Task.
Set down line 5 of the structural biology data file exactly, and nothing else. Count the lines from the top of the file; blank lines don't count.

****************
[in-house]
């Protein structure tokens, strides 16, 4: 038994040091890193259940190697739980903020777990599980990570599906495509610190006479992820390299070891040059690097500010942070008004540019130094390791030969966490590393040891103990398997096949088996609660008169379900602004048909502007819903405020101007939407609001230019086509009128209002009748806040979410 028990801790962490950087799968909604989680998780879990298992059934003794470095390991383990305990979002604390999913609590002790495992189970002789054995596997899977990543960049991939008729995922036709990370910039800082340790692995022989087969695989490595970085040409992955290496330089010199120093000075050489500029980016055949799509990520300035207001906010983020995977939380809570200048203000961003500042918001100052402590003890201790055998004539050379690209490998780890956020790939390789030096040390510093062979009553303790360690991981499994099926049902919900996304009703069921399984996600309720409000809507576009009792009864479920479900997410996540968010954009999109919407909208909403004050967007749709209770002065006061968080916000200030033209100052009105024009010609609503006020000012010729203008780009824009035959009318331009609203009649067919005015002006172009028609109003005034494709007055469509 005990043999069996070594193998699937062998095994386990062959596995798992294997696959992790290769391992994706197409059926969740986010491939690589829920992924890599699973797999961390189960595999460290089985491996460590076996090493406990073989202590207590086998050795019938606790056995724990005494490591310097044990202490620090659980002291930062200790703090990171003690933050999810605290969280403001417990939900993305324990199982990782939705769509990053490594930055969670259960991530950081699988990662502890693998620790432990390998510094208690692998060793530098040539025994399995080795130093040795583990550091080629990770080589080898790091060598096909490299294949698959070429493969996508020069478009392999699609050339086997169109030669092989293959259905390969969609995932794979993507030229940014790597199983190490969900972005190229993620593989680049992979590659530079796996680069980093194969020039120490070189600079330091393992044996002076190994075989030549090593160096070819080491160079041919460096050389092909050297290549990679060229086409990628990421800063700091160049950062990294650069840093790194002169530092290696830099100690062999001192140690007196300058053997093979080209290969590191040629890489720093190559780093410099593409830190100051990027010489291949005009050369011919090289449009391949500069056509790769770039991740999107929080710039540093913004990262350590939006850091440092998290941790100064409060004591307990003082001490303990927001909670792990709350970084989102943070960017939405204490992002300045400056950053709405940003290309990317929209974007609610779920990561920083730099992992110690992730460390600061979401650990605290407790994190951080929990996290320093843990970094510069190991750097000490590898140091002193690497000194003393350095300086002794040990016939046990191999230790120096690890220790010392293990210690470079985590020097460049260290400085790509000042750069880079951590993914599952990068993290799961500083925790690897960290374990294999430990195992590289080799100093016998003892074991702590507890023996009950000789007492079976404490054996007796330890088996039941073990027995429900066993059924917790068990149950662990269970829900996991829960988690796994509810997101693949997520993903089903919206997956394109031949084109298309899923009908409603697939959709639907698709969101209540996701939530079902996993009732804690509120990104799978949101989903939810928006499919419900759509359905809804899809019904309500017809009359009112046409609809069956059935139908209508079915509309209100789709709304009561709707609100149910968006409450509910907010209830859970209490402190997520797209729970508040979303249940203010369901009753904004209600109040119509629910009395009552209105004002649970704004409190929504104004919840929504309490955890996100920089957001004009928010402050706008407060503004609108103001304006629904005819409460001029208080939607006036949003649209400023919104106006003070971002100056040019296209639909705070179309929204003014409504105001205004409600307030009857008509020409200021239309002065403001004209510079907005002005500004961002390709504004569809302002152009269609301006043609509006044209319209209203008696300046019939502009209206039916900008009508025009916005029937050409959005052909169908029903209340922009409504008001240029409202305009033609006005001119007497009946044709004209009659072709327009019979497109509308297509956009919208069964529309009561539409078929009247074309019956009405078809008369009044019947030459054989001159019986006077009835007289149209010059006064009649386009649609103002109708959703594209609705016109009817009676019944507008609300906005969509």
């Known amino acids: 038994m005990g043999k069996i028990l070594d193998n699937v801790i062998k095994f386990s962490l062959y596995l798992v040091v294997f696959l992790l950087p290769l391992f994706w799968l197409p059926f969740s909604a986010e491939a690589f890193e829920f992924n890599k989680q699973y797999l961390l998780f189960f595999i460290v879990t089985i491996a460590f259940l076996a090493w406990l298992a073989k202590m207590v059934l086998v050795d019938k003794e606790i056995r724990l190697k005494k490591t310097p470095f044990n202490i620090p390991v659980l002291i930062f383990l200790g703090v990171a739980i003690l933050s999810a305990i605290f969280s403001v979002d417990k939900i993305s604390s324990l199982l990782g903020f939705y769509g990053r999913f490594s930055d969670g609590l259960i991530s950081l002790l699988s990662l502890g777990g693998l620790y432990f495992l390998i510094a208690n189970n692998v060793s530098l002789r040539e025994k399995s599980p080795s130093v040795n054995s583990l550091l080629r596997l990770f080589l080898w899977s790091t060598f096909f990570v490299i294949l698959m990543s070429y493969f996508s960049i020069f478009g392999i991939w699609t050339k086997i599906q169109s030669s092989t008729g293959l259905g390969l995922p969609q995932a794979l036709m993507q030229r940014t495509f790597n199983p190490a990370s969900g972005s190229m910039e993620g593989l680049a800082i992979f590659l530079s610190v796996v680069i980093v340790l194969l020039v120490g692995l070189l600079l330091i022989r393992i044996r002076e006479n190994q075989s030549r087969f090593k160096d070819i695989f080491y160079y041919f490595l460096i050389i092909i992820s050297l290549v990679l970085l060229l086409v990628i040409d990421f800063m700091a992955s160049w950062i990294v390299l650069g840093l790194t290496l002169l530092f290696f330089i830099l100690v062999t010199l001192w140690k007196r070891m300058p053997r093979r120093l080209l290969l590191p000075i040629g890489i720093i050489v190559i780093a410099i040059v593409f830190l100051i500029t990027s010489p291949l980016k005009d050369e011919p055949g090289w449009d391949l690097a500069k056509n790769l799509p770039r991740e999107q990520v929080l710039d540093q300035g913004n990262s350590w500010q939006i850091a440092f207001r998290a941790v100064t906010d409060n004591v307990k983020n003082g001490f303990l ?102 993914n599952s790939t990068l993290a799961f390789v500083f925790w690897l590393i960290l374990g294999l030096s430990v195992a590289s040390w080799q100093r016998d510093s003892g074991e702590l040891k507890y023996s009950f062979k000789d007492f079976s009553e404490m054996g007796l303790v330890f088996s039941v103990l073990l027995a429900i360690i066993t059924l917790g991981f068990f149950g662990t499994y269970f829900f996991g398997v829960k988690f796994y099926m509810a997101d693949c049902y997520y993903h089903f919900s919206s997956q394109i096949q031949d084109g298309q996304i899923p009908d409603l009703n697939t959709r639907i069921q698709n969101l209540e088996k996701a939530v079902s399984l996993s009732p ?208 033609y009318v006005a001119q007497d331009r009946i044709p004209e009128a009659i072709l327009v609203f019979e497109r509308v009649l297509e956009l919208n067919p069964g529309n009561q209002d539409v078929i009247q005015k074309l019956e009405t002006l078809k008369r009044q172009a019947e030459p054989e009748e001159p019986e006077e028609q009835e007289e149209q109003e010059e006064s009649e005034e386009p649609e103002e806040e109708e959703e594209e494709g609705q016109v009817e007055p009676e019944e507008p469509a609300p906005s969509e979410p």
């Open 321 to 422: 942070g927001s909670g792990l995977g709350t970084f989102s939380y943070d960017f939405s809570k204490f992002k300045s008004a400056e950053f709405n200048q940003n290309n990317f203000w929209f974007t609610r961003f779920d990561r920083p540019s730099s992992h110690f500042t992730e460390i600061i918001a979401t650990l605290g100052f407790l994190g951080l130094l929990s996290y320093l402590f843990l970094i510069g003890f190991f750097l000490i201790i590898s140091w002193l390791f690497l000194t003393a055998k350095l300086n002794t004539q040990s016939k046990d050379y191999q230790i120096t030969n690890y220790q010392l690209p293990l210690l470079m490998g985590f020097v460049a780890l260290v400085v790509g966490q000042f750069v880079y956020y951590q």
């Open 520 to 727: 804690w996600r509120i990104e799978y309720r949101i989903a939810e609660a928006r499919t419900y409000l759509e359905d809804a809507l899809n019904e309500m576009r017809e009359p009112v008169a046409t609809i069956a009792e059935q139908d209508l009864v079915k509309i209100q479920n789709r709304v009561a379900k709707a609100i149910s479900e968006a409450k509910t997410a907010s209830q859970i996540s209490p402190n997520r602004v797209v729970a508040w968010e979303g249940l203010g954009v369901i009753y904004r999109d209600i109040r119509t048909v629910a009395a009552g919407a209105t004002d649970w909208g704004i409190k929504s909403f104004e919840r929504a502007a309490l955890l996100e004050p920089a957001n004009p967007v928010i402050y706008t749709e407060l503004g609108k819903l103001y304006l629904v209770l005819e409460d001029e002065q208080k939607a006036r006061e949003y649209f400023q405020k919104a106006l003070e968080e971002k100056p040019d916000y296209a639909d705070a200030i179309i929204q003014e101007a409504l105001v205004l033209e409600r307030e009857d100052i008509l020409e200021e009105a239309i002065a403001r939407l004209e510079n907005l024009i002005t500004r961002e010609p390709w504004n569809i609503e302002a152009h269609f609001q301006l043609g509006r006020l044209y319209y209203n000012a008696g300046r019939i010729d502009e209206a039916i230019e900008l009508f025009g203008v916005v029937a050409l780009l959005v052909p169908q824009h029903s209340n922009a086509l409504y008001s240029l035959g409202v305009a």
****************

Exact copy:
């Open 520 to 727: 804690w996600r509120i990104e799978y309720r949101i989903a939810e609660a928006r499919t419900y409000l759509e359905d809804a809507l899809n019904e309500m576009r017809e009359p009112v008169a046409t609809i069956a009792e059935q139908d209508l009864v079915k509309i209100q479920n789709r709304v009561a379900k709707a609100i149910s479900e968006a409450k509910t997410a907010s209830q859970i996540s209490p402190n997520r602004v797209v729970a508040w968010e979303g249940l203010g954009v369901i009753y904004r999109d209600i109040r119509t048909v629910a009395a009552g919407a209105t004002d649970w909208g704004i409190k929504s909403f104004e919840r929504a502007a309490l955890l996100e004050p920089a957001n004009p967007v928010i402050y706008t749709e407060l503004g609108k819903l103001y304006l629904v209770l005819e409460d001029e002065q208080k939607a006036r006061e949003y649209f400023q405020k919104a106006l003070e968080e971002k100056p040019d916000y296209a639909d705070a200030i179309i929204q003014e101007a409504l105001v205004l033209e409600r307030e009857d100052i008509l020409e200021e009105a239309i002065a403001r939407l004209e510079n907005l024009i002005t500004r961002e010609p390709w504004n569809i609503e302002a152009h269609f609001q301006l043609g509006r006020l044209y319209y209203n000012a008696g300046r019939i010729d502009e209206a039916i230019e900008l009508f025009g203008v916005v029937a050409l780009l959005v052909p169908q824009h029903s209340n922009a086509l409504y008001s240029l035959g409202v305009a």